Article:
About Me

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Originally from Vermont, I now live in North Carolina. My work can be found in recent issues of REAL: Regarding Arts and Letters, The Jabberwock Review, The Emerson Review, Storyglossia, The MacGuffin, Confrontation, Passages North, SmokeLong Quarterly, elimae, wigleaf, Pank, and Gargoyle #57, among others. One of my stories has been translated into Farsi by Asadollah Amraee, and many others by Jalil Jafari, two of which have been published in the Iranian journal, Golestaneh Magazine. Currently, I'm an assistant editor for Narrative Magazine. I'm also working on two novels and a short story collection. In 2011, I was awarded the Carol Houck Smith Contributor Scholarship for the Bread Loaf Writers' Conference.

Wednesday, September 07, 2011

Read: State of Wonder by Ann Patchett




State of Wonder by Ann Patchett
HarperCollins/ June 2011
978-0062049803



Ann Patchett’s latest work, “State of Wonder” has everything I love in a novel: science, exotic locale, mystery and ethical exploration. Marina is a pharmacologist whose boss sends her on a mission to the Amazonian jungle of Brazil to prod and report on the scientist working for his company. She’s also been asked by the wife of her deceased lab partner to learn more about the circumstances of his death and to retrieve his body. What Marina actually finds there in the jungle will delight and intrigue the reader and maybe even elicit a shiver or two.

Dr. Swenson has been working on a fertility drug in the jungle, stringing her employer, Vogel, along for years. She’s as tough and harsh as the environment she inhabits and she’s not about to be pushed. When Marina, who was once her student, meets her again in Brazil, she learns more from her old teacher there than she ever did from her lectures.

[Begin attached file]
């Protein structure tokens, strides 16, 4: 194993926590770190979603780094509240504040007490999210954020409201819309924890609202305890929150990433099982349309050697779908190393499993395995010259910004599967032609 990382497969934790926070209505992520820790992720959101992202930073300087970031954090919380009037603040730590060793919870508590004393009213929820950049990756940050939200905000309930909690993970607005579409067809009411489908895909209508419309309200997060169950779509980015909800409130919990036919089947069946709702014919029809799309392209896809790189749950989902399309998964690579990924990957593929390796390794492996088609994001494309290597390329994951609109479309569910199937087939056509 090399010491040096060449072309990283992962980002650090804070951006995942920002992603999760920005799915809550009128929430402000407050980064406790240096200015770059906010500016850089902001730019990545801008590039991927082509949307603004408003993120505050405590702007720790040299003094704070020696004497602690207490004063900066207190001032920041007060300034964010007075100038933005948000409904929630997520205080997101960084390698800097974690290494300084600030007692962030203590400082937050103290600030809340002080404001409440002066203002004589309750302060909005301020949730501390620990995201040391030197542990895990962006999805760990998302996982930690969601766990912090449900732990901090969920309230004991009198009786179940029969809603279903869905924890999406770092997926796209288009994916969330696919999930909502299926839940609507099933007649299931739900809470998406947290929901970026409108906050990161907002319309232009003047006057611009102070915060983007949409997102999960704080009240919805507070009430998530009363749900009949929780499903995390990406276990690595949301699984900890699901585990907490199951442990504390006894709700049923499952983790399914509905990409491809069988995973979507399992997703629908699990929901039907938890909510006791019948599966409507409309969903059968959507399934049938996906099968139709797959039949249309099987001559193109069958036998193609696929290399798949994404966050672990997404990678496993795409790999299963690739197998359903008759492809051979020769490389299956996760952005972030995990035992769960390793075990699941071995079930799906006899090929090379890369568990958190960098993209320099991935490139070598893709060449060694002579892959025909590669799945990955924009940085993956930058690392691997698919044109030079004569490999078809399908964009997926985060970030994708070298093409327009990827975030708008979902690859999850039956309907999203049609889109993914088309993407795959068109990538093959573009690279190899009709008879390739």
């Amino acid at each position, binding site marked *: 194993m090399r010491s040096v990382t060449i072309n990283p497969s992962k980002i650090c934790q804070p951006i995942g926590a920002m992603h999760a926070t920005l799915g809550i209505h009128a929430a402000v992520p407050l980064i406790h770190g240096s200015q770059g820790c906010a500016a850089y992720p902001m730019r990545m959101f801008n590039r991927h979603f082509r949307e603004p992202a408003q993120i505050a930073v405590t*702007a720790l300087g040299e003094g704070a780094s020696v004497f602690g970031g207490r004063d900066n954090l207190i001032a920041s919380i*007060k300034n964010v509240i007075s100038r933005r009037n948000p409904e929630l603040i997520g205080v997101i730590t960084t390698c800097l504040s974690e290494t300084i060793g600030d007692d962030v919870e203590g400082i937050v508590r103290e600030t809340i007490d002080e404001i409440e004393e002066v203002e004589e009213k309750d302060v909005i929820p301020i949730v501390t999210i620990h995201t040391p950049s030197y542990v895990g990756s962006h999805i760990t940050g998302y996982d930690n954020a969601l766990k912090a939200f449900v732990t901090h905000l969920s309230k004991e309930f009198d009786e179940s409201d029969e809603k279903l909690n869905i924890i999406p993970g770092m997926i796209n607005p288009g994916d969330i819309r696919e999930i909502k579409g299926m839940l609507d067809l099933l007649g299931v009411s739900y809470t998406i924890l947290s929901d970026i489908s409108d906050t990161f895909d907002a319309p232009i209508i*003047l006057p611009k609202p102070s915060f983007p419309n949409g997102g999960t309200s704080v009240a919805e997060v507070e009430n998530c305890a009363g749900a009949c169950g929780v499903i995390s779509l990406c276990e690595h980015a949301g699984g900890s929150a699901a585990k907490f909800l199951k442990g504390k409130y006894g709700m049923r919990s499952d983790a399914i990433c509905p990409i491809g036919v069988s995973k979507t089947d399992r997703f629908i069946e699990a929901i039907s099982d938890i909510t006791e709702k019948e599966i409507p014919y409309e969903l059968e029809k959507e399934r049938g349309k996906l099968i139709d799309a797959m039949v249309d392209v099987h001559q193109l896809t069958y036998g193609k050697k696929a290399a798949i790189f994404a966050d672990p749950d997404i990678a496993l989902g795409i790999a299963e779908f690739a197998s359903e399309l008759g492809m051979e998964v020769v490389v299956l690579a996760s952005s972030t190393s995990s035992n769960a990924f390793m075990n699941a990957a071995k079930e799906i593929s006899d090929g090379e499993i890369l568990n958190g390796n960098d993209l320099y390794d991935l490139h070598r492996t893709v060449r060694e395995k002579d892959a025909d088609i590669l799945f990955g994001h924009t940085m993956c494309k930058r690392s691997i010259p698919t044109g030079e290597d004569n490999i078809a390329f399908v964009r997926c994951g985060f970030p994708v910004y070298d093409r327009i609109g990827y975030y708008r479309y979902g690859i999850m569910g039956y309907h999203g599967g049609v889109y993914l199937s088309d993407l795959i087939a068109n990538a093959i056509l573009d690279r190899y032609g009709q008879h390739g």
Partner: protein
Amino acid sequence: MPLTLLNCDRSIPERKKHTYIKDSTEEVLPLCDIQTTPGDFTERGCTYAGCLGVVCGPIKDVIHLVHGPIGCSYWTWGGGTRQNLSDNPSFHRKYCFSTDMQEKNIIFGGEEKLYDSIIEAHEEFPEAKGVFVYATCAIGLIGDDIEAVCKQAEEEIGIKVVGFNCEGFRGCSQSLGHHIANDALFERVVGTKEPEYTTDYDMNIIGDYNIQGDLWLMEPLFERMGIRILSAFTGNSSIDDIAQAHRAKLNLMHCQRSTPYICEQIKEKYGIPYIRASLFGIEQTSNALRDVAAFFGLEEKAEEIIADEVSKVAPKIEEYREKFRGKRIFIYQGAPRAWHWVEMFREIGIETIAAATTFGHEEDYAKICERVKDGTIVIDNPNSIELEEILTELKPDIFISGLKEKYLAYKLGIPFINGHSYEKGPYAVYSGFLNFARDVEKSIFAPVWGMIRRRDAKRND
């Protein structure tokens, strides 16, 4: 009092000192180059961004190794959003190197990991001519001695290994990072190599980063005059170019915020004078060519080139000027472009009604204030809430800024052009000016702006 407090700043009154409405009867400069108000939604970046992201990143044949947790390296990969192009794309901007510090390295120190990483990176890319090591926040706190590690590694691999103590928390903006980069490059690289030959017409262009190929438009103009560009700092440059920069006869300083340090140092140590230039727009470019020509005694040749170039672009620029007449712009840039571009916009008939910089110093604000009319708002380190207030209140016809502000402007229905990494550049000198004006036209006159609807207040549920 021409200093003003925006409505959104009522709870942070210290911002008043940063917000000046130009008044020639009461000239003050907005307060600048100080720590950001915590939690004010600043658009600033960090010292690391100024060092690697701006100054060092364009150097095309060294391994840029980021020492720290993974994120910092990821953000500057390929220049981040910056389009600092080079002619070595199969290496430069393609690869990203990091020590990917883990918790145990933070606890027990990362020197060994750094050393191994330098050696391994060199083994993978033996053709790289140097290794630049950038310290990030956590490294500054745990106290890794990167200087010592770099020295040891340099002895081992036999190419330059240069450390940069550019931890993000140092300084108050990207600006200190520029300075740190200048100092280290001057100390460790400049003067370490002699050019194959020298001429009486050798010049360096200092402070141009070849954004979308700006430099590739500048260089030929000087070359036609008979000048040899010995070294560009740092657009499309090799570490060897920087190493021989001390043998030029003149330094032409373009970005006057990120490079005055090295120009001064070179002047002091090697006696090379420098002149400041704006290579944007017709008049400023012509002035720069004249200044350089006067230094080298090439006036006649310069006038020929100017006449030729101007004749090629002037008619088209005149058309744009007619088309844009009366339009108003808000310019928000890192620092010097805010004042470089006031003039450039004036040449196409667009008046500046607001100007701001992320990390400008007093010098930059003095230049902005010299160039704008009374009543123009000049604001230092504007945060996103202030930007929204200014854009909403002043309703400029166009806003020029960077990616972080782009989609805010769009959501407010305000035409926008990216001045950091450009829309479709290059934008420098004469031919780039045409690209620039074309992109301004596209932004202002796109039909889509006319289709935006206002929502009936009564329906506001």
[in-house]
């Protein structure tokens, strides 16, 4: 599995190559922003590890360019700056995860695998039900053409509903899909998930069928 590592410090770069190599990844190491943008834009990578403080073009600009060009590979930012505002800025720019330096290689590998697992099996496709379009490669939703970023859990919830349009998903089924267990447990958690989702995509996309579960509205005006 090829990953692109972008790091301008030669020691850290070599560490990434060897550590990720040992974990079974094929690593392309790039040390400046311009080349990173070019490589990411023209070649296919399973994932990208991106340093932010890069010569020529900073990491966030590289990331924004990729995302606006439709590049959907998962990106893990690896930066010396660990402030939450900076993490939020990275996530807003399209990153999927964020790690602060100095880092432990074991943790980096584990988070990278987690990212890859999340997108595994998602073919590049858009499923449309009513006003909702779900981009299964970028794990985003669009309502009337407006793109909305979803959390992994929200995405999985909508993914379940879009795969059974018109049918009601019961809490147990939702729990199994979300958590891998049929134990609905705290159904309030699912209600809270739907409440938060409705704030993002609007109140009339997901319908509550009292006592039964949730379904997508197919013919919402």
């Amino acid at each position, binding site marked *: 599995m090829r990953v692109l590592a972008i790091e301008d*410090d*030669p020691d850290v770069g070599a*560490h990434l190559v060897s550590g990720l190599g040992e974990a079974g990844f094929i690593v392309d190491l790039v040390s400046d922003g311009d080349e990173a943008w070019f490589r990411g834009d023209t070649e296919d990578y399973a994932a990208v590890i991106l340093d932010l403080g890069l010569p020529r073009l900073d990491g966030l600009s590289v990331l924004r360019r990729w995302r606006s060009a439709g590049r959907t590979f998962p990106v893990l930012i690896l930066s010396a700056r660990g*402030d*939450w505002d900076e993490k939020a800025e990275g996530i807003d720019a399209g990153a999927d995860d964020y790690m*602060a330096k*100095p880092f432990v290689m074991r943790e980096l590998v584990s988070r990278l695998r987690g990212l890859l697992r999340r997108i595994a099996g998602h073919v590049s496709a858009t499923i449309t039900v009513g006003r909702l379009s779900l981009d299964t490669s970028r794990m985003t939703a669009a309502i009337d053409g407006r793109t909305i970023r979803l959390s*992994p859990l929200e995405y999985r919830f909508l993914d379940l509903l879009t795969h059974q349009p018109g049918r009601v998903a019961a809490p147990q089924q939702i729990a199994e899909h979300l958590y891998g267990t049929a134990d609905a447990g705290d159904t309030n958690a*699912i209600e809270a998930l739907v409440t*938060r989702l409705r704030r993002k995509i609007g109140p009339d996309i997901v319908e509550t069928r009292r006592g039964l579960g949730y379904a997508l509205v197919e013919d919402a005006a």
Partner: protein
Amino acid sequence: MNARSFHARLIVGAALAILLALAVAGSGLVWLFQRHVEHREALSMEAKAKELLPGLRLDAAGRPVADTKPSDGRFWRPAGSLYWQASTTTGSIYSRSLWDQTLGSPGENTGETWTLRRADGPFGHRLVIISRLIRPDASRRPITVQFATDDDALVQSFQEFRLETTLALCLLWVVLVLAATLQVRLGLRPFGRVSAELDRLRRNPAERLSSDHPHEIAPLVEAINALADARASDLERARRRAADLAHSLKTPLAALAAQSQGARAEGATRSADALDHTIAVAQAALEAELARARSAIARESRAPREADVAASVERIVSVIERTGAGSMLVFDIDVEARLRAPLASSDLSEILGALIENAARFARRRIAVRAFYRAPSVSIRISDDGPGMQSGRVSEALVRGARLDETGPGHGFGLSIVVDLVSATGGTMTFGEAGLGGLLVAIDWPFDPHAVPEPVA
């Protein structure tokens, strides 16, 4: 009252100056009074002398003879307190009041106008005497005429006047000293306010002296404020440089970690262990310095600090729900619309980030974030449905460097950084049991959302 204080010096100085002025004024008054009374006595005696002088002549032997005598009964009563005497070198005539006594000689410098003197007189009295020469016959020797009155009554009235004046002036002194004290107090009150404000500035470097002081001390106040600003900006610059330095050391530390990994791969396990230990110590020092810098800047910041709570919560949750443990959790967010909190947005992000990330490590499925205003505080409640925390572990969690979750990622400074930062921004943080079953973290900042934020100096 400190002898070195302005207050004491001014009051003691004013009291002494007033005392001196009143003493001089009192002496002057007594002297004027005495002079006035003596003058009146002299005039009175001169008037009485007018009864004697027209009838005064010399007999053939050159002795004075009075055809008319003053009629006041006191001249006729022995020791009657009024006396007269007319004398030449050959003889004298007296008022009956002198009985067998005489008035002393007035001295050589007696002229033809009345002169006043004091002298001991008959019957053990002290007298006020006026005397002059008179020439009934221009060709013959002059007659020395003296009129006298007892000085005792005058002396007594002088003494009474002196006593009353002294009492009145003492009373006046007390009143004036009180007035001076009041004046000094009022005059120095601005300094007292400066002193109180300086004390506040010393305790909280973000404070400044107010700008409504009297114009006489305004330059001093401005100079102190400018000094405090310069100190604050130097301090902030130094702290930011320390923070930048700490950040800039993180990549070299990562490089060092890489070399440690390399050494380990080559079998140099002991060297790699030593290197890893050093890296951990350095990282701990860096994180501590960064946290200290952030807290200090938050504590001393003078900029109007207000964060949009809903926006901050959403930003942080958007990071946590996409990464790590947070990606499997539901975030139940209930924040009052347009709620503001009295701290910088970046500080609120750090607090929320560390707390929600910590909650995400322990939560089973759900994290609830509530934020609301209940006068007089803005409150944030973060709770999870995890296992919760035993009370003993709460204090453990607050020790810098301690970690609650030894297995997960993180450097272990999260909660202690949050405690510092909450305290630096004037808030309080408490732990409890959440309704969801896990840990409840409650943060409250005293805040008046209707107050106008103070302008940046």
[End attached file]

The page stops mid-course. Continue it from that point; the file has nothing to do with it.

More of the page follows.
A riveting and intelligent story, “State of Wonder” also explores the implications of interfering with indigenous cultures, and underlines the need for maintaining a balance between offering solutions for medical problems and diseases and protecting those social and ecological systems from which solutions are extracted.

Anyone familiar with Ann Patchett’s work will know how skilled she is in creating tense situations which force her characters to react and this book is no exception. The smooth, authoritative writing captivated me from the start, the lush details and fascinating premise kept me engaged, and the last pages were truly wondrous.

*First published in the August 21 edition of The Pilot of Southern Pines

2 comments:

Susan Woodring said...

Katrina, thank you for this review. I've read a few of Ann Patchett's books and you are so right about how she creates that moment of tension, a moment that too often is lacking in my own work!! Will definitely pick this one up and hope to learn something.

katrina said...

Oh, Susan,

I so understand. I was going through old rejections and two of them said something along the lines of "Good writing, but nothing much happens."

Sigh.

It's still an issue even after all these years.

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